Carrier Systems Designed to Increase Permeation Across the BBB

Because AS-ODNs are often large, highly polar molecules, their transport across the BBB by way of passive diffusion is likely to be low. Many studies assumed that AS-ODNs would not cross the BBB without the aid of either a carrier protein or modification of the BBB itself. Carrier systems designed to

Fig. 2. Various AS-ODN analogs. (A) R* represents a variable group. If R* = oxygen atom (O), then this would depict an endogenous phosphodiester AS-ODN. If R* = sulfur atom (S), then this would depict a phosphorothioate antisense analog. If R* = methyl group (CH3), then this would depict a methylphosphonate antisense analog. (B) Structure of a PNA.

enhance transport across the BBB include antisense complexed with biotin, glycosylated polycations, or antibodies directed at receptors present within the BBB endothelium (36,37).

For example, in a study by Wu et al. (37), antisense molecules injected intravenously into rats were delivered to the brain via attachment to biotin. The modified antisense formed a complex with streptavidin molecules attached to an antibody directed at the rat transferrin receptor, which is present in the BBB under normal circumstances. On binding to the receptor, the antisense/ antibody complex would be transported across the BBB and delivered to the target tissue.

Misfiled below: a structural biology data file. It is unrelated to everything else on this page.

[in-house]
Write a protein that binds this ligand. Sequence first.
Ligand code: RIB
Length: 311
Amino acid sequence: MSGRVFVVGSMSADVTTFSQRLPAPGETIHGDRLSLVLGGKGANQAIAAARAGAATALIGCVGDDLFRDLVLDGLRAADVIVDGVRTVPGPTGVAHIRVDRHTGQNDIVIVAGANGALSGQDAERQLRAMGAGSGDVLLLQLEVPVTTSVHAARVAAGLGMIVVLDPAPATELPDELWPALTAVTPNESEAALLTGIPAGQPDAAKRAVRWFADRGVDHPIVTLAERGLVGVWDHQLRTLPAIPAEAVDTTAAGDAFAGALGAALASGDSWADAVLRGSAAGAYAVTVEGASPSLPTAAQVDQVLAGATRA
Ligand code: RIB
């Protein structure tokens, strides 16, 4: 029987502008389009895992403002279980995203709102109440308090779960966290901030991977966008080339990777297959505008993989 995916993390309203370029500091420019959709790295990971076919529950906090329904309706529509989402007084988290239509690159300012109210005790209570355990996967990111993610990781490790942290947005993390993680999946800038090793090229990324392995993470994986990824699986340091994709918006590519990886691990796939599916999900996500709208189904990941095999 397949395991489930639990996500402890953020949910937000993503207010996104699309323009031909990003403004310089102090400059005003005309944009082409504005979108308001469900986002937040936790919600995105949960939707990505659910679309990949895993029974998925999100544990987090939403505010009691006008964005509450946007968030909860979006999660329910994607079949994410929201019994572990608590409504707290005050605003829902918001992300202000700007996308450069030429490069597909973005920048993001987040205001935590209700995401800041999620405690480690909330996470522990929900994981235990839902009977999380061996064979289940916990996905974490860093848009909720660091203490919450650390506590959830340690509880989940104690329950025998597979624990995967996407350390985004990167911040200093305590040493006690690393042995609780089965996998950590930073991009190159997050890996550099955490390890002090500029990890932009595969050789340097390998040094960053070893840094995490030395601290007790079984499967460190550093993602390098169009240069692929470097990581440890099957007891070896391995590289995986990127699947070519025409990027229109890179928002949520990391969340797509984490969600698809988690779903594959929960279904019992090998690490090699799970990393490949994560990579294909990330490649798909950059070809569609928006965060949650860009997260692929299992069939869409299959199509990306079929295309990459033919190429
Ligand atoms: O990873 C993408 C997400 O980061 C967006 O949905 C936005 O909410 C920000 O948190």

The BBB itself has also been a target for modifications aimed at increasing antisense delivery to the CNS. The BBB's permeability can be increased when certain vasoactive agents are introduced (38-40) . For example, bradykinin has been shown to increase permeability through a mechanism that involves B2 receptors and nitric oxide (41,42). Koga et al. (43) showed that intracarotid infusion of bradykinin increased delivery of AS-ODN into brain tumors. This type of delivery system allows therapeutic agents to be infused systemically and then delivered to malignant tumors of the brain without the level of disruption that occurs with other approaches to opening the BBB.

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